More Faces of Color Are On Screen But Diverse Writers Are Still Treated Like The Walking Dead
Great strides have been made in the visibility of diverse characters on television in recent months, but many would justifiably argue that it’s too little too late, and that much work is left to be done. Viola Davis recently became the first African-American woman to win an Emmy for Best Lead Actress in a Drama for her role on How to Get Away with Murder, and shows like The Walking Dead, Fresh Off the Boat, House of Cards, and The Daily Show have been applauded for portraying people of varying genders, races, sexual orientations, religions, and other demographic characteristics that exist out of the default normative representation, which in this country is a White male. However, much of that applause applies only to the parts of television’s inner workings that we actually see, those who appear on screen. What about the employees working behind the scenes to bring such shows to life?
According to recent reports, homogeneity continues to be a problem when discussing the statistics of television writers. For Slate, writer Aisha Harris discusses the lack of diversity in television in a piece titled “Same Old Script: On screen, TV is more diverse than ever. Why aren’t writing staffs catching up?” In it, she traces the recent spike in more diverse television casts to one woman, who herself happens to be African-American. “Thank the ‘Shonda Effect,’ a term inspired by “Grey’s Anatomy” creator Shonda Rhimes’ commitment to casting people of color in lead roles in all of her hit shows. Hollywood has taken note of Rhimes’ ascendance, as well as her outspoken insistence on diversity in her work. The success of “Scandal” in particular—when it premiered in 2012, it was the first network drama with a black woman as its lead in nearly four decades—seems to have prompted a call for more stories centered around people of color,” Harris argues. Nevertheless, it seems that when it comes to casting those in off-screen roles, there has been little to no movement, ultimately creating an environment in which storylines are being written for non-White characters by White and mostly male writers, a circumstance that to many only continues the insidious effects of White supremacy by removing the ability for people of color and varying persuasions from telling their own stories.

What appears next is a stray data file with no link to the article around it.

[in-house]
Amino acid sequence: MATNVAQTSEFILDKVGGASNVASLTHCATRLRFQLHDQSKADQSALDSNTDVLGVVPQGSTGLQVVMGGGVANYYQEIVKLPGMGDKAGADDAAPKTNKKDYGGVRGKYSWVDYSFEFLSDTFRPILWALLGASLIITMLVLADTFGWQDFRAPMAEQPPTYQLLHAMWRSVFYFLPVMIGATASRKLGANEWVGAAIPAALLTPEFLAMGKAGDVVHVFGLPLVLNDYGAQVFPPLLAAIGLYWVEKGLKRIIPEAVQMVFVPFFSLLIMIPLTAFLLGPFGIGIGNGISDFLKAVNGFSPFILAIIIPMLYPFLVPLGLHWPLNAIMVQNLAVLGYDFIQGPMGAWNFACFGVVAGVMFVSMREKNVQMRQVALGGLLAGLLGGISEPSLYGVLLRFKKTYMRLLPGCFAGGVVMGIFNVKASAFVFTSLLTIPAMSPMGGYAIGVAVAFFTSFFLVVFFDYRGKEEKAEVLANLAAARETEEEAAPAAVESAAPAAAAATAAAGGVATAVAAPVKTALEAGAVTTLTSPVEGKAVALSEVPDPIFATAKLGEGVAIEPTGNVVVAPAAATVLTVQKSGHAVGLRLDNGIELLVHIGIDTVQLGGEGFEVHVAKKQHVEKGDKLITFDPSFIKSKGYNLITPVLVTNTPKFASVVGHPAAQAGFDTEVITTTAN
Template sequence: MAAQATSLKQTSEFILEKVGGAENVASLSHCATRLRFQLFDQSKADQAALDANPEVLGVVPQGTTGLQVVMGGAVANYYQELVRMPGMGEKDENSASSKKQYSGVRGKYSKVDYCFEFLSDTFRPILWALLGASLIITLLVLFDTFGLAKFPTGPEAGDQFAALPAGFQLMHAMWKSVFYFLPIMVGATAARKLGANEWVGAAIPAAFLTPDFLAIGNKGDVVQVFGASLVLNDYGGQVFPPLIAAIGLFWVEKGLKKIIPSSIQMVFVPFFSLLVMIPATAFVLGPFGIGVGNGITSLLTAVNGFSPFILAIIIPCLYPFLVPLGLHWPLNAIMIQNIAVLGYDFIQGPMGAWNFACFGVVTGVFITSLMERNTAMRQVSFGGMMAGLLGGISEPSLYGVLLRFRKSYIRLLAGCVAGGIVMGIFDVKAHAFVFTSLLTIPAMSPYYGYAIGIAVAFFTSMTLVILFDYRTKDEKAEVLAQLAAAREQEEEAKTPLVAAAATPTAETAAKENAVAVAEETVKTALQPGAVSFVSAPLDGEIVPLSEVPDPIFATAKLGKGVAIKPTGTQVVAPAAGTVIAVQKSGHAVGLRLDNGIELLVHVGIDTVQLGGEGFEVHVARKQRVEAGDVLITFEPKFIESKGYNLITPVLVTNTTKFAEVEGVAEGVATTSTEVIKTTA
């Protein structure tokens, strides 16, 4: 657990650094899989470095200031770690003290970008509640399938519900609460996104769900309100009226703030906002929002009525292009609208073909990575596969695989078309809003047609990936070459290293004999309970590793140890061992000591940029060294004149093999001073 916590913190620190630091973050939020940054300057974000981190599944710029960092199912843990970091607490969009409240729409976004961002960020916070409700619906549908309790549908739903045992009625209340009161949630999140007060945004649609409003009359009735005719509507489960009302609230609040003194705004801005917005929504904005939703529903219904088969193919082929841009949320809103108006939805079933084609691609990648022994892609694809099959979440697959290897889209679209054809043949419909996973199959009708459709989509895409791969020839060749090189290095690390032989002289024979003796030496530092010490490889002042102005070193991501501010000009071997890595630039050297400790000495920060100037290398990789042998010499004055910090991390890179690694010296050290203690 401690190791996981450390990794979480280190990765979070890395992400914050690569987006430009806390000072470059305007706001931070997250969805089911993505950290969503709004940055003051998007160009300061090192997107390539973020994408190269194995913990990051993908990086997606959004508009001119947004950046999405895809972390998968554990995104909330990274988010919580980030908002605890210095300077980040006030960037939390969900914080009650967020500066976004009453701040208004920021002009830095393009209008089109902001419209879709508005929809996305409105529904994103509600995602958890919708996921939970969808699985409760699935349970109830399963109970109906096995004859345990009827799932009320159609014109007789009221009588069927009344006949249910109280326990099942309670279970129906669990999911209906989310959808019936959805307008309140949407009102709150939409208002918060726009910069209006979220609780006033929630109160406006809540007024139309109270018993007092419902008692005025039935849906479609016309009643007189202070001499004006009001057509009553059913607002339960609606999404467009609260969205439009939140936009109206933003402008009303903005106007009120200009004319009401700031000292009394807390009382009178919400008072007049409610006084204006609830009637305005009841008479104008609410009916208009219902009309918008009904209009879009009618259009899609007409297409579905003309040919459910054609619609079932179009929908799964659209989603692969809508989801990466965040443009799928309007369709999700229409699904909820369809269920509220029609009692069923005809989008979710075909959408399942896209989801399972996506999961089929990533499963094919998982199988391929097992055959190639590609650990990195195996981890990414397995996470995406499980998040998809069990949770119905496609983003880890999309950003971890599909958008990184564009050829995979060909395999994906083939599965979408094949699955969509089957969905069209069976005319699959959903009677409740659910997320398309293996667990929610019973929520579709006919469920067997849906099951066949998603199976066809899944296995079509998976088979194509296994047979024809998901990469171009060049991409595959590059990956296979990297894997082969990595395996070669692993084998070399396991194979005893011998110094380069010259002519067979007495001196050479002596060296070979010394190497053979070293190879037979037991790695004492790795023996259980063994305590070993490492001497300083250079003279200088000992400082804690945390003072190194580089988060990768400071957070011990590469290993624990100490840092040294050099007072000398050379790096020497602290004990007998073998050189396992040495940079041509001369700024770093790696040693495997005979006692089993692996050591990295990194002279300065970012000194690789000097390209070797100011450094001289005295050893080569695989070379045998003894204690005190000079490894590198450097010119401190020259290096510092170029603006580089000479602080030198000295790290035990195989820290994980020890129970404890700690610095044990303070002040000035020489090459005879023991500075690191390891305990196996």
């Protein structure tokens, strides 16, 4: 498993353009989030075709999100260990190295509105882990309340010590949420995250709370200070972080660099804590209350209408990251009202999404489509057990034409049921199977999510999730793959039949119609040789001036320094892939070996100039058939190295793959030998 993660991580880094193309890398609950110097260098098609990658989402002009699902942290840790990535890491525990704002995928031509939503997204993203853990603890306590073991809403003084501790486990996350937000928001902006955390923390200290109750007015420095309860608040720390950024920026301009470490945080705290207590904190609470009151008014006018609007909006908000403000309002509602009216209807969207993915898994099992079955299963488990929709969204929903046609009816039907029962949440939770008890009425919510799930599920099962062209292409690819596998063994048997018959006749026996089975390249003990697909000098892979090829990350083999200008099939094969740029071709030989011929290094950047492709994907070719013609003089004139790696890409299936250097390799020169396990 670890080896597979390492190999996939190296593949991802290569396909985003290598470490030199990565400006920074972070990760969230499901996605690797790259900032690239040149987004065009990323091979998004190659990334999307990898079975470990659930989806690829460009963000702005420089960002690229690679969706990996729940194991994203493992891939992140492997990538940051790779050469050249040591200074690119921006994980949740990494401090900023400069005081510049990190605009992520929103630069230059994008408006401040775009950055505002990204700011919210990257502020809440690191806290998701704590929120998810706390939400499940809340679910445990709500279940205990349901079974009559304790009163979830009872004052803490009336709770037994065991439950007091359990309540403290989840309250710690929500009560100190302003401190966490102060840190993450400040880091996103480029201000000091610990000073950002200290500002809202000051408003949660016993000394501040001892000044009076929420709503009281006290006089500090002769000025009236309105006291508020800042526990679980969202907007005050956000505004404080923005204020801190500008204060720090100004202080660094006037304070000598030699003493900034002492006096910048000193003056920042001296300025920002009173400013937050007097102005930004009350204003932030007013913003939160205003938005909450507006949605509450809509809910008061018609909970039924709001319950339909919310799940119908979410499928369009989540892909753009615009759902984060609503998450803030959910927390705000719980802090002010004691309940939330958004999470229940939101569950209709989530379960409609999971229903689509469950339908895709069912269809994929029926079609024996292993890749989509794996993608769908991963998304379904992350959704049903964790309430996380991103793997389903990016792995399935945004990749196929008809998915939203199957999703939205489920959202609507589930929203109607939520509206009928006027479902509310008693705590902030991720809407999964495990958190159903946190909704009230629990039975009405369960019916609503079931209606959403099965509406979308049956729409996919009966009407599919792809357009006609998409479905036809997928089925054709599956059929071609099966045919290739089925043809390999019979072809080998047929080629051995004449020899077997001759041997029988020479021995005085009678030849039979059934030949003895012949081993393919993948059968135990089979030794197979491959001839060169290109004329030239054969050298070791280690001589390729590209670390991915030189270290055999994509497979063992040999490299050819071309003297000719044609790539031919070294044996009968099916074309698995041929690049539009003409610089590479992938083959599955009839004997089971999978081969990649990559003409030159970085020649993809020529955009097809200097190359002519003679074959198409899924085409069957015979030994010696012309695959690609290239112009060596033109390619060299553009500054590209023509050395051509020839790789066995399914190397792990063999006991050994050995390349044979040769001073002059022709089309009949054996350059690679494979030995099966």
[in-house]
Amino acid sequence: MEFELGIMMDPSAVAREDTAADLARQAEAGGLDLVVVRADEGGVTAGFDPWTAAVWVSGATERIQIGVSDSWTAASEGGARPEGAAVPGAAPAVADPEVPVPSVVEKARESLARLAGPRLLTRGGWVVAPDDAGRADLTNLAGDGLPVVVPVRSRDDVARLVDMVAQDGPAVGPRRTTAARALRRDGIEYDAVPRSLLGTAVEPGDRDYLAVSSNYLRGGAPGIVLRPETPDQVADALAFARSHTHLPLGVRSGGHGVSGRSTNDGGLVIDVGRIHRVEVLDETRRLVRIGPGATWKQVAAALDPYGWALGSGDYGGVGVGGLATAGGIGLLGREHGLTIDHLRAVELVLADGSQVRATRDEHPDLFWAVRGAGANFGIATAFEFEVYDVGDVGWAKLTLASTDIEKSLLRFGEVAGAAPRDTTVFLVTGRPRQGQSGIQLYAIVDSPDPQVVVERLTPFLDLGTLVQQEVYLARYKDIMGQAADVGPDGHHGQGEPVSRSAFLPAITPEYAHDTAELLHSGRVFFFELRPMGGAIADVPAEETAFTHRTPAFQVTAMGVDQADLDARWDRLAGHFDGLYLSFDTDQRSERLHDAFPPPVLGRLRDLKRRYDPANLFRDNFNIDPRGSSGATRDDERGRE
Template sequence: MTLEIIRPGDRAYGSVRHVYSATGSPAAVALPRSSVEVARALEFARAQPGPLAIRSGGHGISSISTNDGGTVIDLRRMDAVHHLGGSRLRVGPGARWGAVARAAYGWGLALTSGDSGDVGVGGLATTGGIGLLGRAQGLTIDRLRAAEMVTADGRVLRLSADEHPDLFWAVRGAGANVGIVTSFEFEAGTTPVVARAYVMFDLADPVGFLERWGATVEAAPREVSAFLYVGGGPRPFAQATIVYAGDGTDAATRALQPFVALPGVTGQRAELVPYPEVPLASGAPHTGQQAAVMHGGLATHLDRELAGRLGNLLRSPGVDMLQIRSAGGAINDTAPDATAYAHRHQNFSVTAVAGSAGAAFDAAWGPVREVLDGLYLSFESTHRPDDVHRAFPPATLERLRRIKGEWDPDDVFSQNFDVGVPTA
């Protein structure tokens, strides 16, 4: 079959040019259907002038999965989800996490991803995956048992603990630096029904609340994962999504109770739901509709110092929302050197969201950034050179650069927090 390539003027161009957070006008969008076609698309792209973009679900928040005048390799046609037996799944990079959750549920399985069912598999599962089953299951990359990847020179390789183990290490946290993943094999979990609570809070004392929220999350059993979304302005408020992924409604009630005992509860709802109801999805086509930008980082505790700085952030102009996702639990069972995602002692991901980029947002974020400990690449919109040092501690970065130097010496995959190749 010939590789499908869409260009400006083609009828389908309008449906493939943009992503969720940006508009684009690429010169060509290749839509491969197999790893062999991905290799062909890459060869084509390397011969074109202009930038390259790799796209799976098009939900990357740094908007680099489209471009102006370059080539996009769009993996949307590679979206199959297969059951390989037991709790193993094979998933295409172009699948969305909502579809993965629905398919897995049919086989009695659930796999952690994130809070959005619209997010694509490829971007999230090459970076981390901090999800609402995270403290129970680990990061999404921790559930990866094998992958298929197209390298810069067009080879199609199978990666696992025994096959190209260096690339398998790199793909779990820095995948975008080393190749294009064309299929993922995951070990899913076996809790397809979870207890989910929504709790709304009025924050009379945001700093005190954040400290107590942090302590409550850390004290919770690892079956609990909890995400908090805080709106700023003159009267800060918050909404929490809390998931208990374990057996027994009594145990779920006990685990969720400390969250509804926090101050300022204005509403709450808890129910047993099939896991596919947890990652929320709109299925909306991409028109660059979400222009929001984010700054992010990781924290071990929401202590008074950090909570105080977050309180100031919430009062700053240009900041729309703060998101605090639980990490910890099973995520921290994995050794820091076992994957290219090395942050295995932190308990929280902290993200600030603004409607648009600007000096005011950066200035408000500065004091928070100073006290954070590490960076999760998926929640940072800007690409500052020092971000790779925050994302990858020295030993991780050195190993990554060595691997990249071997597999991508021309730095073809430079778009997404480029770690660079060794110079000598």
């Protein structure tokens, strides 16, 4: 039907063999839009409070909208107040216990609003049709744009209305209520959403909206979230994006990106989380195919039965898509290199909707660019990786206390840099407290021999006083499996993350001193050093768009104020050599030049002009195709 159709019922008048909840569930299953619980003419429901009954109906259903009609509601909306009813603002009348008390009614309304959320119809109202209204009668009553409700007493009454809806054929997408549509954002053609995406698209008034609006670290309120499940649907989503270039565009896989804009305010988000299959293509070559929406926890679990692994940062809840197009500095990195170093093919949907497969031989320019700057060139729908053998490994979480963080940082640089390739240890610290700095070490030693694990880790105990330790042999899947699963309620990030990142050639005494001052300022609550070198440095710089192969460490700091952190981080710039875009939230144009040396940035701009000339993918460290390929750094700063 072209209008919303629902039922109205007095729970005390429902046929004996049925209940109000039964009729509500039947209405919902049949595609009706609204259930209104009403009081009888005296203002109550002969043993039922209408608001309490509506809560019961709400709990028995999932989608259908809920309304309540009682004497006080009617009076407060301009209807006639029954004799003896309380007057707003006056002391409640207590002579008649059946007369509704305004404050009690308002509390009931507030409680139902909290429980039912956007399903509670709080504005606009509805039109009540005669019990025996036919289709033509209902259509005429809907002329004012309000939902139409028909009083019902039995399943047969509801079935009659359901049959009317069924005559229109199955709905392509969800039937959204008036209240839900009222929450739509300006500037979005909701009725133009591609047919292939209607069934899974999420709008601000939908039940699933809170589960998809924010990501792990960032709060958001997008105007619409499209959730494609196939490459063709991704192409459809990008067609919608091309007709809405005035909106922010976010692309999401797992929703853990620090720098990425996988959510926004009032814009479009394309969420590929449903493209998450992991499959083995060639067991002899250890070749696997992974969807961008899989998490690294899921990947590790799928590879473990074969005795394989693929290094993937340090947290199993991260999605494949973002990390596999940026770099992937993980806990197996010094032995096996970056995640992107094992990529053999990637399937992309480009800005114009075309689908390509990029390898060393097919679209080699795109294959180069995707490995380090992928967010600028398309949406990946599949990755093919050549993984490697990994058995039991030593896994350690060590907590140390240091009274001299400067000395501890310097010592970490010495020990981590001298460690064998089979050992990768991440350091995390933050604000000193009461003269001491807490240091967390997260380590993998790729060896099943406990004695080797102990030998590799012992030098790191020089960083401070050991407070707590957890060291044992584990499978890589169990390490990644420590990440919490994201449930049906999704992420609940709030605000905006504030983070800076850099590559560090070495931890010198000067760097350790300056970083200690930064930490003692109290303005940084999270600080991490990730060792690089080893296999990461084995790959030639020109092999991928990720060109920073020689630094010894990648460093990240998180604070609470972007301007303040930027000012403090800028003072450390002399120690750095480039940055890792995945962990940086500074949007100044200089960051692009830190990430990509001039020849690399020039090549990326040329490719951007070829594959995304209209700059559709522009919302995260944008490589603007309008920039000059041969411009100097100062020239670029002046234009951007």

“A Writers’ Guild of America report released earlier this year noted that staff employment for people of color actually decreased between the 2011–12 season and 2013–14 season, from a peak of 15.6 percent to 13.7 percent. The number of executive producers of color also decreased in those seasons, from 7.8 percent to 5.5 percent,” shares Harris. These numbers continue to decrease when moving into the realm of executive-level staff, where “people of color occupied just 5.5 percent of the executive producer roles in the 2013–14 season,” a fact that only helps to recreate the cycle from which a lack of diversity is born – White men making hiring decisions. Harris’ thoughtful report includes some glimmers of hope including the world of fellowships and diversity programs but ultimately, tokenism is still very much a reality for minorities working in television writing. For now, though, it seems that the days of culturally tone-deaf casting choices may be behind us (for example, shows like “Friends” and “Sex and the City,” which featured all-White lead actors with very little, if any, racial diversity), at least for the most part.